“Nine times out of ten, in debate with a cleric, one will be told not of some dogma of religious certitude but of some instance of charitable or humanitarian work undertaken by a religious person. Of course, this says nothing about the belief system involved: it may be true that Louis Farrakhan’s Nation of Islam succeeds in weaning young black men off narcotics, but this would not alter the fact that the NoI is a racist crackpot organization. . . . My own response has been to issue a challenge: name me an ethical statement made or an action performed by a believer that could not have been made or performed by a non-believer. As yet, I have had no takers. (Whereas, oddly enough, if you ask an audience to name a wicked statement or action directly attributable to religious faith, nobody has any difficulty in finding an example.)” — Christopher Hitchens, introduction to The Portable Atheist
What is Hitchens actually proving here? I think he thinks he’s demonstrating that (i) religious people most often rest their faith on the good fruit it produces, but that (ii) religion is neither necessary nor sufficient for ethical behavior, and (iii) besides, religion seems to motivate a great deal of unethical behavior.
His first claim is empirical, drawn from his own experience in conversing with religious people. It doesn’t address the question of whether the reasonableness of religious belief need be dependent on the humanitarian efforts it generates. (I also doubt it’s true, but since it’s Hitchens’s experience we are discussing I can hardly do anything but grant him the benefit of the doubt here.)
The second claim is both less and more controversial than Hitchens intends it to be. I say “less” because, while there are a good number of religious believers who think ethical behavior is impossible absent some kind of grounding in faith, in fact that is far from the only (and perhaps even the majority) opinion on the matter. Jews, for example, believe that their specific laws for full ethical behavior apply only to Jews, and that there is a fairly loose set of requirements that keep Gentiles in good standing with God and neighbor in their own way. The basic Catholic position, as articulated by St Thomas Aquinas and the entire natural law tradition, holds that human beings are capable of engaging in ethical conduct in virtue of being human.
I say “more” controversial, however, because Hitchens engages in a bit of question-begging with this argument. “Name me an ethical behavior that requires religious faith,” he says, “and I’ll show you how in fact it does not.”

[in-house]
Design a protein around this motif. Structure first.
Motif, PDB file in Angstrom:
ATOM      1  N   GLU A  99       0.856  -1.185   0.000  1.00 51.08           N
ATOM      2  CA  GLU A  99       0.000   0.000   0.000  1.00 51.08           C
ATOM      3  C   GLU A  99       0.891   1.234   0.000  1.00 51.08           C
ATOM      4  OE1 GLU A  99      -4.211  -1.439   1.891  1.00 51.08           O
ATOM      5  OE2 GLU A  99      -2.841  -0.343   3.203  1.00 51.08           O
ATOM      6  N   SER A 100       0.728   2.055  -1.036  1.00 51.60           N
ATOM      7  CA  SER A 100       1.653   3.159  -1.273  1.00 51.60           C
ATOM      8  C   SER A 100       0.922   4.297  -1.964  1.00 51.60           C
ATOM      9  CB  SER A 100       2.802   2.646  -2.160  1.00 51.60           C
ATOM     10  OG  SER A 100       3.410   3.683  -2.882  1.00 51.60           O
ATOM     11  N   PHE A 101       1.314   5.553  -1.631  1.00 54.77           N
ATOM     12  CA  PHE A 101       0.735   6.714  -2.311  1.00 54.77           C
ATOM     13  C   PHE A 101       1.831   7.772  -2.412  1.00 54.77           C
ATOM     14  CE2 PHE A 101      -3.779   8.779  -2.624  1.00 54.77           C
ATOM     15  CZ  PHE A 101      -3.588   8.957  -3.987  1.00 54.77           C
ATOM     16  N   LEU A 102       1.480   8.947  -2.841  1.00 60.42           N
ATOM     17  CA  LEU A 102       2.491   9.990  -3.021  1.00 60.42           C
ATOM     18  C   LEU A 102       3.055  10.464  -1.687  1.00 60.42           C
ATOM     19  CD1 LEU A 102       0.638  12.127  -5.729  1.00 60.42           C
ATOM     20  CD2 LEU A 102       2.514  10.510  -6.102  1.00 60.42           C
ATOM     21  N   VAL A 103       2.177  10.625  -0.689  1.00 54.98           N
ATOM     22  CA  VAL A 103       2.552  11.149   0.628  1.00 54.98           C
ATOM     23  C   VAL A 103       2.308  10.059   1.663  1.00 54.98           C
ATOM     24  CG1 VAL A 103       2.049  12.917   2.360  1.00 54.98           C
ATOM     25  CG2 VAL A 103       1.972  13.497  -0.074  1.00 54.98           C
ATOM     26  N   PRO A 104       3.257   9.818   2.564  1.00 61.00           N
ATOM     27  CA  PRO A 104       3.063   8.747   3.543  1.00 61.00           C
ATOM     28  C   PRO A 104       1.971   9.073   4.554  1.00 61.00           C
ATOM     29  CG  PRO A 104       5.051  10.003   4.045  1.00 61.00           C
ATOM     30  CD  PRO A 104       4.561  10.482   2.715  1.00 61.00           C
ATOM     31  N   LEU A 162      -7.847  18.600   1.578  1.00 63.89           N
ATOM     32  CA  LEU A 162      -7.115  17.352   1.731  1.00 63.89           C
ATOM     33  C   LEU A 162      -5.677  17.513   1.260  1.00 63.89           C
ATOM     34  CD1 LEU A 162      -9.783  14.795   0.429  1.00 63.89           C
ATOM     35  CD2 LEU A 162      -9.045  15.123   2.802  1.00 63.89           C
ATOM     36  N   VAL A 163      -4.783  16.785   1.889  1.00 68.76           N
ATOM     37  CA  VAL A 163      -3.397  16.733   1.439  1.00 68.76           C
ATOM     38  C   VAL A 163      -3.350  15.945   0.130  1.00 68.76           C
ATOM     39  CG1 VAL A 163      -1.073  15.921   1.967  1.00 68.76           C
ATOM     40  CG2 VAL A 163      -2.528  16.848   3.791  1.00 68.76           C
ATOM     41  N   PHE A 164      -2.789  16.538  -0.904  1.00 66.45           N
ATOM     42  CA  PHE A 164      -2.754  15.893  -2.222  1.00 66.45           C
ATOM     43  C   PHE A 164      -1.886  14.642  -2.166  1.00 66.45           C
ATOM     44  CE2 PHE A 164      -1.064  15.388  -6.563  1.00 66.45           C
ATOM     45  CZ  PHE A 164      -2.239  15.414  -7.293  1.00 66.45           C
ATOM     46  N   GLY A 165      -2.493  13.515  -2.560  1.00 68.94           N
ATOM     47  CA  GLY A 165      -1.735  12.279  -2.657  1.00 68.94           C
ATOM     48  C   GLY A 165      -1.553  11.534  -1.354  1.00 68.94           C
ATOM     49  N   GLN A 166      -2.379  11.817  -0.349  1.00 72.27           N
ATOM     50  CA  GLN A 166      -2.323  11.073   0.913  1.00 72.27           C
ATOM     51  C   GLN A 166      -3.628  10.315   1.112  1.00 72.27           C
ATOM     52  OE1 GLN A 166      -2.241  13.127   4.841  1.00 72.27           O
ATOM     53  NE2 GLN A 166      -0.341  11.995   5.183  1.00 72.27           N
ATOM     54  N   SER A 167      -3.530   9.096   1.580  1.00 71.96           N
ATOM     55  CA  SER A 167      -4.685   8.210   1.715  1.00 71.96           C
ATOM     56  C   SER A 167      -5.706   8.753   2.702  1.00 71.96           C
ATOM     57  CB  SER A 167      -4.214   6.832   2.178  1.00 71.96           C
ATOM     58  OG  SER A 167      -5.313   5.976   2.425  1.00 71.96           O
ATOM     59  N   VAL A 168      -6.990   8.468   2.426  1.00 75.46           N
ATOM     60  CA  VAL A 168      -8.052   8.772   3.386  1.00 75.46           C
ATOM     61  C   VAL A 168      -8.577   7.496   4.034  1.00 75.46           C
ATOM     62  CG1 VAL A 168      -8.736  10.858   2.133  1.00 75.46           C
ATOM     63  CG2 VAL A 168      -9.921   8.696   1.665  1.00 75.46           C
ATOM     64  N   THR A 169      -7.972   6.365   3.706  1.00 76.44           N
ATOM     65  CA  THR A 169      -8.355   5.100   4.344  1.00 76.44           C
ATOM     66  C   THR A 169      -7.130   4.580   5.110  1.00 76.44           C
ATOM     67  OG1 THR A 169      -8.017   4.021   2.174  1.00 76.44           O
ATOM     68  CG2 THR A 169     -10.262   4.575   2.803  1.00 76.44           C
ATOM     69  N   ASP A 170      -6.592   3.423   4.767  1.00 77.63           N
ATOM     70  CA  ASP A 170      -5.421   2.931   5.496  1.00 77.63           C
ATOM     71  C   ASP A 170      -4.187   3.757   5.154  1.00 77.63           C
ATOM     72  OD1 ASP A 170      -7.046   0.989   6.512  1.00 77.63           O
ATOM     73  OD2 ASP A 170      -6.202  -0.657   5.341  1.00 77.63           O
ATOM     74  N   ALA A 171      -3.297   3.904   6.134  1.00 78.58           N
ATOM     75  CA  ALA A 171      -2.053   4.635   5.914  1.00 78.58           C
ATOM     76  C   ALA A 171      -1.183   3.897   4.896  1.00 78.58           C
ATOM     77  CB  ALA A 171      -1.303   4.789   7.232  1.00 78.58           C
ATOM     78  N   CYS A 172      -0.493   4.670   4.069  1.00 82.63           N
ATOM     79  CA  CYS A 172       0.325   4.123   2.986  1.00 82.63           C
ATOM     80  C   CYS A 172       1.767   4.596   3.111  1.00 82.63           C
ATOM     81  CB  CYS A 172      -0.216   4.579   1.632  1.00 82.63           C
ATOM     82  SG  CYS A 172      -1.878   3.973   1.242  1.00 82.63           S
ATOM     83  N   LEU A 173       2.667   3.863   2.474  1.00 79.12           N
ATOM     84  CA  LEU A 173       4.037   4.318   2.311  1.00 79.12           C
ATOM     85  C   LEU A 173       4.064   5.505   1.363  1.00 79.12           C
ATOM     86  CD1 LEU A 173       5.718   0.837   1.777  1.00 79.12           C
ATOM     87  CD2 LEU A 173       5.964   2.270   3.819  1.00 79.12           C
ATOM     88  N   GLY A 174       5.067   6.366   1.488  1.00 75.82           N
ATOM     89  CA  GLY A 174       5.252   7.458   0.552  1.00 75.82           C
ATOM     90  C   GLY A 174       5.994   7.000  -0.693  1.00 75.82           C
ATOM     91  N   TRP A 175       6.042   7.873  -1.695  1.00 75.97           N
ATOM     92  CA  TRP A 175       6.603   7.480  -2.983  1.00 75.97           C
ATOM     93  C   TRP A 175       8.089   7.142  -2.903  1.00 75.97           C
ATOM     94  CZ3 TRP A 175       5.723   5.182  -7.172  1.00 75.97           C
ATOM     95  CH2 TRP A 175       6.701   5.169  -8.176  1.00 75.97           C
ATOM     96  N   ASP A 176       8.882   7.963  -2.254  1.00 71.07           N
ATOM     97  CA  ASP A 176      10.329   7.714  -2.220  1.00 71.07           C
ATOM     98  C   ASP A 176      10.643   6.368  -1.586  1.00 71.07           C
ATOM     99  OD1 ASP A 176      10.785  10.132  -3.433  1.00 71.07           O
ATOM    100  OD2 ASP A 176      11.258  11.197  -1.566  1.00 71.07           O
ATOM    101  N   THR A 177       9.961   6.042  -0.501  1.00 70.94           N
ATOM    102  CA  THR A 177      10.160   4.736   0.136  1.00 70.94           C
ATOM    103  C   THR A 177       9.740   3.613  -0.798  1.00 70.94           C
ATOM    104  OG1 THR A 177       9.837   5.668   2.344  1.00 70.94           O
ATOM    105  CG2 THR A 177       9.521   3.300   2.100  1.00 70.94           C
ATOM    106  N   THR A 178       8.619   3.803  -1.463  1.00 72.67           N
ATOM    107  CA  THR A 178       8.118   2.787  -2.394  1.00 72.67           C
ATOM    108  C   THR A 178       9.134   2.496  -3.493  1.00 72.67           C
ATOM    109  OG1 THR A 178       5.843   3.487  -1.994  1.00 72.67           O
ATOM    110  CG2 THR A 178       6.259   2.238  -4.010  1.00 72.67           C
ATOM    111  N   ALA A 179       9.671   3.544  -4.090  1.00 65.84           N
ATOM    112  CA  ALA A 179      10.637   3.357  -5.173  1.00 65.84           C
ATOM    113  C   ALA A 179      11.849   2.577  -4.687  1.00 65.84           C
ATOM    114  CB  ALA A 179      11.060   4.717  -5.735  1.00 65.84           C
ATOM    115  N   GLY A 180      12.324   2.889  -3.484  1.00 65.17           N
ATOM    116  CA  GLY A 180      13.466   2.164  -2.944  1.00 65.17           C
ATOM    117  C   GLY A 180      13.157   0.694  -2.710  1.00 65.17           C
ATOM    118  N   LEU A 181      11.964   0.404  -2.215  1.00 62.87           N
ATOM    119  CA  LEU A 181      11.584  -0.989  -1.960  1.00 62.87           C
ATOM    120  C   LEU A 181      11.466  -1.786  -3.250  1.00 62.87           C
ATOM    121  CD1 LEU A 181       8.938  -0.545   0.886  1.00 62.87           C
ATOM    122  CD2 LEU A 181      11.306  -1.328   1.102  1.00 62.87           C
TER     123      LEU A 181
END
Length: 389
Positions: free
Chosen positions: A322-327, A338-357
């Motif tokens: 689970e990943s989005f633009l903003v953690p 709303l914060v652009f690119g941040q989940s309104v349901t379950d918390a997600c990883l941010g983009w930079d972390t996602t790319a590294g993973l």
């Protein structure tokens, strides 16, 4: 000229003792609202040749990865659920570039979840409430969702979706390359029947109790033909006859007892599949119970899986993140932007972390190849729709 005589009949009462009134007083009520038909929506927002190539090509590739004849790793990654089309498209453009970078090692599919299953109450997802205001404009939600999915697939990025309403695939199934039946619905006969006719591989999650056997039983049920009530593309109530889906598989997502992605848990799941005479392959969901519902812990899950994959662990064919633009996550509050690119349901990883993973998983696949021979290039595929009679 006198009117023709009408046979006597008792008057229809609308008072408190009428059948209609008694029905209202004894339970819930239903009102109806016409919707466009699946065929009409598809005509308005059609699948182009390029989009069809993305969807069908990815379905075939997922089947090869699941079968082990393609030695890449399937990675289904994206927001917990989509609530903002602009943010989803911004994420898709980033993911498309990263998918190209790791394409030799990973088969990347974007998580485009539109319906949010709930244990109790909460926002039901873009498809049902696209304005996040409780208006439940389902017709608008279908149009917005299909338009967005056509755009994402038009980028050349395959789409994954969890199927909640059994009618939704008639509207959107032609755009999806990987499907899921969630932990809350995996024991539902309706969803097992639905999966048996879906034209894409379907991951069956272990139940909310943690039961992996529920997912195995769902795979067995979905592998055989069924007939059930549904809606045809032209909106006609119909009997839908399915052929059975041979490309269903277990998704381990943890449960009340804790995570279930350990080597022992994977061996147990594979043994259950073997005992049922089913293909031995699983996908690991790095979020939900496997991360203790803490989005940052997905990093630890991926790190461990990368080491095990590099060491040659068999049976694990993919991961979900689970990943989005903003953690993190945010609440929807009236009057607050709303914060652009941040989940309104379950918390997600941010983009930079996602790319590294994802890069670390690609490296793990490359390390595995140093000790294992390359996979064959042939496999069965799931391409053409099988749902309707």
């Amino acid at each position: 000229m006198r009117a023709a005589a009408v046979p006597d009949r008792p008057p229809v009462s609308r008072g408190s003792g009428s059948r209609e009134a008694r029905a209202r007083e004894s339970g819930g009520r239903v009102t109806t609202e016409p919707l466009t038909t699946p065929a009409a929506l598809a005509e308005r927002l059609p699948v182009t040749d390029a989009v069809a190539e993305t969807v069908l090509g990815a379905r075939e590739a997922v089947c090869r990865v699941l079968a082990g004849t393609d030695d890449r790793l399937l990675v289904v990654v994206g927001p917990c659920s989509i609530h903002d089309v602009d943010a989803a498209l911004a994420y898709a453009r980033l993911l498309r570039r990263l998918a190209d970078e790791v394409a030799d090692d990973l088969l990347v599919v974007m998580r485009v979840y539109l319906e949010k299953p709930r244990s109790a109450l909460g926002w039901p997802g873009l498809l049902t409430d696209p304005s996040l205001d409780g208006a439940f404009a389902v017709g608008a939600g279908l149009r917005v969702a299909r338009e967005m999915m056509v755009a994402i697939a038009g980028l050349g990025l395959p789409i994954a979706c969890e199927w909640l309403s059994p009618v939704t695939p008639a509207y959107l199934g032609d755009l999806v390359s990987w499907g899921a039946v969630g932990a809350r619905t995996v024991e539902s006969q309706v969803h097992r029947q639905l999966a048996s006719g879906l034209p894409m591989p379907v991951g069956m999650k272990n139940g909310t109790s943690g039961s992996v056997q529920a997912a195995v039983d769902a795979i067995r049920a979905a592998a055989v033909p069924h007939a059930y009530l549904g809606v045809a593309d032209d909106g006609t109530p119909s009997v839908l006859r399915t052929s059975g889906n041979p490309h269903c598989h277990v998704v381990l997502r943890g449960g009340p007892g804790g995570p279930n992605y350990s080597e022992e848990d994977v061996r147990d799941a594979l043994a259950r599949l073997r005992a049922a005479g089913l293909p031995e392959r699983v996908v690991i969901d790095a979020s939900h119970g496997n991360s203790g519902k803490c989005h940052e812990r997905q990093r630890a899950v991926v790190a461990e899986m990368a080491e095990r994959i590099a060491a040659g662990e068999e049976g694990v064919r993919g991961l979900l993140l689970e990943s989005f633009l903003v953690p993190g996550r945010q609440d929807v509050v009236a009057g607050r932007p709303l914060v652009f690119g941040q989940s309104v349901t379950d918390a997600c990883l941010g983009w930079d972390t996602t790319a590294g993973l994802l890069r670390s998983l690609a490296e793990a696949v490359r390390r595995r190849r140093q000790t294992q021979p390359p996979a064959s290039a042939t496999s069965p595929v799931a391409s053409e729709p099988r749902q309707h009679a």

OK: how about the virtue of piety, of showing due respect and honor to God?
“Ah,” says Hitchens, “but that is not a virtue at all!”
Perhaps it isn’t, but for the present moment piety is not a virtue purely because Hitchens has defined it away. But then what is the force of the argument supposed to be? We end up with the True Scotsman fallacy: show me an ethical principle that requires religious faith, and I’ll show you an ethical principle that isn’t a true ethical principle.
What Hitchens’s skepticism leaves out is the possibility that ethical behavior has as its first principles human nature, but that those principles are illuminated and informed by religious faith. Thus an atheist might come to know and embrace ethical behavior, but without faith he will be lacking a certain perfection of that knowledge and even make mistakes on account of his being blind to the reality of our spiritual obligations as human beings.
The question, then, is not whether a believer or unbeliever can come across, embrace, and perform ethical actions. The real question would concern the perfection and completeness of such virtues. (Delve into those questions, and I do think there is a strong case to be made that the believer enjoys possibilities unbelievers do not.)
Thus, I find Hitchen’s argument here to be flaccid, which can be demonstrated by reversing the roles (and here we address his third claim):
My own response has been to issue a challenge: name me an ethical statement made or an action performed by a nonbeliever that could not have been performed by a believer. As yet, I have had no takers. (Whereas, oddly enough, if you ask an audience to name a wicked statement or action directly attributable to materialist dogmatism, nobody has any difficulty finding an example.)
What happens? I honestly cannot think of an atheist virtue that precludes believers. Perhaps something like “religion dismantling,” since to enlighten your fellow man might be a virtue. Or perhaps something along the lines of “political humanism,” which is akin to our earlier example of naming “piety.”
So if the argument works both backwards and forwards, are we really saying anything particularly meaningful or incisive? In this case, I do not think so.